When a system call takes place some kernel code must be executed. If some kernel code is being executed it means it can alter register values. So before this code gets executed the old process state must be saved. This is called context switch. Now Wikipedia says that not all system calls need context switch. How is this possible?
Depends on how you define a context switch.
In the traditional sense it means saving all registers/cpu state changing the mmu state and then going elsewhere to answer the call and after it's finished restore everything.
It is not necessary to save all state for all operation. For example a mutex lock needs to check no other thread/process is using the mutex and then set it marked.
In a single-core cpu you can do that by ensuring that no interrupts happen during the mutex operation and then by virtue of being passed the point of interrupts being disabled you know you are the only one touching the mutex at that point. The only way another thread could be in the middle of the lock operation is if it re-enabled interrupts or it context switched out because the mutex was already taken. Both scenarios and where in the code they can happen are under full control of the kernel code.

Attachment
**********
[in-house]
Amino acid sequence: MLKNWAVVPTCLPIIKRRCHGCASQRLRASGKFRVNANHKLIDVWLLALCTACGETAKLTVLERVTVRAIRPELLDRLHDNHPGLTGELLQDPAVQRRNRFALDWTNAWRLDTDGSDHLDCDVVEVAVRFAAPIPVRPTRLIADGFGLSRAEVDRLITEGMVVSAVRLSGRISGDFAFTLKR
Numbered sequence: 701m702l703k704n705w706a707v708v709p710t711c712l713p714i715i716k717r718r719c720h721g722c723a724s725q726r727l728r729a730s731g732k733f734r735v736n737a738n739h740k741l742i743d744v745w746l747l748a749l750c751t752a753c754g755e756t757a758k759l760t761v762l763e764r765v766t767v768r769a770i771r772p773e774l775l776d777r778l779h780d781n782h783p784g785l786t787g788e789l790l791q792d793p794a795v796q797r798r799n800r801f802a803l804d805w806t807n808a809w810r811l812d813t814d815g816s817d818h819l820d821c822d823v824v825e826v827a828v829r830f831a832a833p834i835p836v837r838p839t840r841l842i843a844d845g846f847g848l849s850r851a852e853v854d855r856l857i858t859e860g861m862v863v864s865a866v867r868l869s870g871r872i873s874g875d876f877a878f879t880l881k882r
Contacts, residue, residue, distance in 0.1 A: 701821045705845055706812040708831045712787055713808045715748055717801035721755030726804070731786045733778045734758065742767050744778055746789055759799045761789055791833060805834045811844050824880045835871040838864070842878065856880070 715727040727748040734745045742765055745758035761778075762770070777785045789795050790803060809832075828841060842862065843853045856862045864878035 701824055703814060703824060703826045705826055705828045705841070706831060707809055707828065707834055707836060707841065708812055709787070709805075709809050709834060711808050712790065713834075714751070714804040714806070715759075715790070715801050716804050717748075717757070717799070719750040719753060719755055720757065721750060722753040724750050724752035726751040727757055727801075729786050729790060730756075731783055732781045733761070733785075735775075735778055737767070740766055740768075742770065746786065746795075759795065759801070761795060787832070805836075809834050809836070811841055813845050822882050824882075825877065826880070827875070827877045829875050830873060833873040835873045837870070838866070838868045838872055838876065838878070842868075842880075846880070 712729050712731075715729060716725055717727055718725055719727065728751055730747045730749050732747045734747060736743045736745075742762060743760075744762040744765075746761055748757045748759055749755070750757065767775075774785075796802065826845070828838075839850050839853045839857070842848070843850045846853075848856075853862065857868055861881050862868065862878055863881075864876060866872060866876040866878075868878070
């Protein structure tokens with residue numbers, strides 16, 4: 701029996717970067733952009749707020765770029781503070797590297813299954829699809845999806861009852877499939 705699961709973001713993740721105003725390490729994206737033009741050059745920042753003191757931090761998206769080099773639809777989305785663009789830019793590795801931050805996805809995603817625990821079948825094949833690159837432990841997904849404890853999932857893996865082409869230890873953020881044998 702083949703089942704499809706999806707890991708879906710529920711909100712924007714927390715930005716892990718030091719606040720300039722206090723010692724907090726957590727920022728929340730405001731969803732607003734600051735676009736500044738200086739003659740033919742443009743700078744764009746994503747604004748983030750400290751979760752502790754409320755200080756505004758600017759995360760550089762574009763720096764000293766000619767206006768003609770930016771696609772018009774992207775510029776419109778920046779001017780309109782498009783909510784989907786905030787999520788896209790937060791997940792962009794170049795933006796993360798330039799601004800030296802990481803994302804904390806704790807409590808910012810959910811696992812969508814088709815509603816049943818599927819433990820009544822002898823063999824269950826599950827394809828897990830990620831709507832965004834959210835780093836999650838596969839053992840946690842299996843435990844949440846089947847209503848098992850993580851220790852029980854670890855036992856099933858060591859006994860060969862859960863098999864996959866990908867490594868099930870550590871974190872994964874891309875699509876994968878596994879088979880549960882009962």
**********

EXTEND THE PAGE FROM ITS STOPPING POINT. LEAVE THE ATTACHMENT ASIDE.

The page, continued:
Having said all that, saving the context isn't that expensive. The more expensive part is all the cache misses that will happen as the instruction flow goes to cold memory.
A system call does not necessarily require a context switch in general, but rather a privilege switch. This is because the kernel memory is mapped in each process memory. The user process cannot access the kernel's memory because the memory mapping indicates which part are for the user and which parts are for the system. Thus a system call is really just a change of privilege, not of process. On some systems, like micro-kernels, a system call may involve a context switch because drivers are in a different process. But on monolithic systems like Linux this is not necessary. Linux also supports what is called the vDSO to implement some system calls entirely in userspace.